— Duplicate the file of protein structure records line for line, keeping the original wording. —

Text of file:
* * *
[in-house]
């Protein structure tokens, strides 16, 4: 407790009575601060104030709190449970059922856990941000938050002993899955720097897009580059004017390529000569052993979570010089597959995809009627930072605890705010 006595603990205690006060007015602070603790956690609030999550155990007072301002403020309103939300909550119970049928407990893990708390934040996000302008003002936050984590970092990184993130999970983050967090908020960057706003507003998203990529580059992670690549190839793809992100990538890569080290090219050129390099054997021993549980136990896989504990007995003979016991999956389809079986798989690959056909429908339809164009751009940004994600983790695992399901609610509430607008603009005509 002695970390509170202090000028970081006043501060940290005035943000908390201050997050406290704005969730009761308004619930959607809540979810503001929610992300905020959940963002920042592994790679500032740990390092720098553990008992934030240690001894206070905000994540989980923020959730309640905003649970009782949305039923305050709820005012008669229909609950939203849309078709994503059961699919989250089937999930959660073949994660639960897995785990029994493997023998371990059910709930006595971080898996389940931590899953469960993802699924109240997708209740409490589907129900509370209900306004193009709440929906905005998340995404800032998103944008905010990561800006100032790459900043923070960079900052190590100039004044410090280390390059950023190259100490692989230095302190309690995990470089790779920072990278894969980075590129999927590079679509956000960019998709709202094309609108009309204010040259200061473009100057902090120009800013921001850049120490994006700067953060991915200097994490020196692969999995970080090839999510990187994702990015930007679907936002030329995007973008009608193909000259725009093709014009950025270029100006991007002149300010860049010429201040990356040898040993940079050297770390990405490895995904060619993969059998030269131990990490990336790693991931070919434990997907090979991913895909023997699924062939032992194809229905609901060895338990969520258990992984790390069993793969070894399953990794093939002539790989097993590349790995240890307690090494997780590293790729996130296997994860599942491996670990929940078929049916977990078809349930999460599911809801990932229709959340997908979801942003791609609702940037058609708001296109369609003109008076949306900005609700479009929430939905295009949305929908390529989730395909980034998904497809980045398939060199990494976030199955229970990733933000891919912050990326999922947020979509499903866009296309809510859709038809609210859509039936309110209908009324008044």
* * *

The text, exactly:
[in-house]
């Protein structure tokens, strides 16, 4: 407790009575601060104030709190449970059922856990941000938050002993899955720097897009580059004017390529000569052993979570010089597959995809009627930072605890705010 006595603990205690006060007015602070603790956690609030999550155990007072301002403020309103939300909550119970049928407990893990708390934040996000302008003002936050984590970092990184993130999970983050967090908020960057706003507003998203990529580059992670690549190839793809992100990538890569080290090219050129390099054997021993549980136990896989504990007995003979016991999956389809079986798989690959056909429908339809164009751009940004994600983790695992399901609610509430607008603009005509 002695970390509170202090000028970081006043501060940290005035943000908390201050997050406290704005969730009761308004619930959607809540979810503001929610992300905020959940963002920042592994790679500032740990390092720098553990008992934030240690001894206070905000994540989980923020959730309640905003649970009782949305039923305050709820005012008669229909609950939203849309078709994503059961699919989250089937999930959660073949994660639960897995785990029994493997023998371990059910709930006595971080898996389940931590899953469960993802699924109240997708209740409490589907129900509370209900306004193009709440929906905005998340995404800032998103944008905010990561800006100032790459900043923070960079900052190590100039004044410090280390390059950023190259100490692989230095302190309690995990470089790779920072990278894969980075590129999927590079679509956000960019998709709202094309609108009309204010040259200061473009100057902090120009800013921001850049120490994006700067953060991915200097994490020196692969999995970080090839999510990187994702990015930007679907936002030329995007973008009608193909000259725009093709014009950025270029100006991007002149300010860049010429201040990356040898040993940079050297770390990405490895995904060619993969059998030269131990990490990336790693991931070919434990997907090979991913895909023997699924062939032992194809229905609901060895338990969520258990992984790390069993793969070894399953990794093939002539790989097993590349790995240890307690090494997780590293790729996130296997994860599942491996670990929940078929049916977990078809349930999460599911809801990932229709959340997908979801942003791609609702940037058609708001296109369609003109008076949306900005609700479009929430939905295009949305929908390529989730395909980034998904497809980045398939060199990494976030199955229970990733933000891919912050990326999922947020979509499903866009296309809510859709038809609210859509039936309110209908009324008044």